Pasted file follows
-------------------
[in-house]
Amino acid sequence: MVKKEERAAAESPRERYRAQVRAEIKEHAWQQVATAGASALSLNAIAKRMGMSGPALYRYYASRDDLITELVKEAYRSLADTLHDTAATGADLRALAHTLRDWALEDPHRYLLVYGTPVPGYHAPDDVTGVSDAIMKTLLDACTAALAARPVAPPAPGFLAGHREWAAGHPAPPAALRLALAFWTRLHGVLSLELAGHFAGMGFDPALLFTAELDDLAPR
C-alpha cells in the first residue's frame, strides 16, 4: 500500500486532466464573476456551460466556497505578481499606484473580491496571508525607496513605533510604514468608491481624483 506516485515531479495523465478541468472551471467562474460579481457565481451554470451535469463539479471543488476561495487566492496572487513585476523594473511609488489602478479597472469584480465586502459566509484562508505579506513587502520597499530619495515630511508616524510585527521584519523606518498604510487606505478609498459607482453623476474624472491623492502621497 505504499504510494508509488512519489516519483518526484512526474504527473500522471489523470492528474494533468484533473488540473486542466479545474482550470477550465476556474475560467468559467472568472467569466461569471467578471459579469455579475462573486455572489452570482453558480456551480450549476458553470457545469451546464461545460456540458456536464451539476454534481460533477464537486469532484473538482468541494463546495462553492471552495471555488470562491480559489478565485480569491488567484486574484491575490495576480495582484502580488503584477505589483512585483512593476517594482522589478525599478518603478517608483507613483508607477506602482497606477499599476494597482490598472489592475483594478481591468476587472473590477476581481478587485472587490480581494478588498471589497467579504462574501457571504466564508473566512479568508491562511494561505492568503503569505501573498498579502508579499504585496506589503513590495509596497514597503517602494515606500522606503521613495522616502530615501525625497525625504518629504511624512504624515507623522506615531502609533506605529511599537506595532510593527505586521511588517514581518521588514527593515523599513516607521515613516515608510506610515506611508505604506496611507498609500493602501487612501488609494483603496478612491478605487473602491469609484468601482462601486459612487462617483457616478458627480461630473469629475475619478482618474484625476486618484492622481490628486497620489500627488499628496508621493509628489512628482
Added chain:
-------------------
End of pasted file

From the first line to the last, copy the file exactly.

[in-house]
Amino acid sequence: MVKKEERAAAESPRERYRAQVRAEIKEHAWQQVATAGASALSLNAIAKRMGMSGPALYRYYASRDDLITELVKEAYRSLADTLHDTAATGADLRALAHTLRDWALEDPHRYLLVYGTPVPGYHAPDDVTGVSDAIMKTLLDACTAALAARPVAPPAPGFLAGHREWAAGHPAPPAALRLALAFWTRLHGVLSLELAGHFAGMGFDPALLFTAELDDLAPR
C-alpha cells in the first residue's frame, strides 16, 4: 500500500486532466464573476456551460466556497505578481499606484473580491496571508525607496513605533510604514468608491481624483 506516485515531479495523465478541468472551471467562474460579481457565481451554470451535469463539479471543488476561495487566492496572487513585476523594473511609488489602478479597472469584480465586502459566509484562508505579506513587502520597499530619495515630511508616524510585527521584519523606518498604510487606505478609498459607482453623476474624472491623492502621497 505504499504510494508509488512519489516519483518526484512526474504527473500522471489523470492528474494533468484533473488540473486542466479545474482550470477550465476556474475560467468559467472568472467569466461569471467578471459579469455579475462573486455572489452570482453558480456551480450549476458553470457545469451546464461545460456540458456536464451539476454534481460533477464537486469532484473538482468541494463546495462553492471552495471555488470562491480559489478565485480569491488567484486574484491575490495576480495582484502580488503584477505589483512585483512593476517594482522589478525599478518603478517608483507613483508607477506602482497606477499599476494597482490598472489592475483594478481591468476587472473590477476581481478587485472587490480581494478588498471589497467579504462574501457571504466564508473566512479568508491562511494561505492568503503569505501573498498579502508579499504585496506589503513590495509596497514597503517602494515606500522606503521613495522616502530615501525625497525625504518629504511624512504624515507623522506615531502609533506605529511599537506595532510593527505586521511588517514581518521588514527593515523599513516607521515613516515608510506610515506611508505604506496611507498609500493602501487612501488609494483603496478612491478605487473602491469609484468601482462601486459612487462617483457616478458627480461630473469629475475619478482618474484625476486618484492622481490628486497620489500627488499628496508621493509628489512628482
Added chain: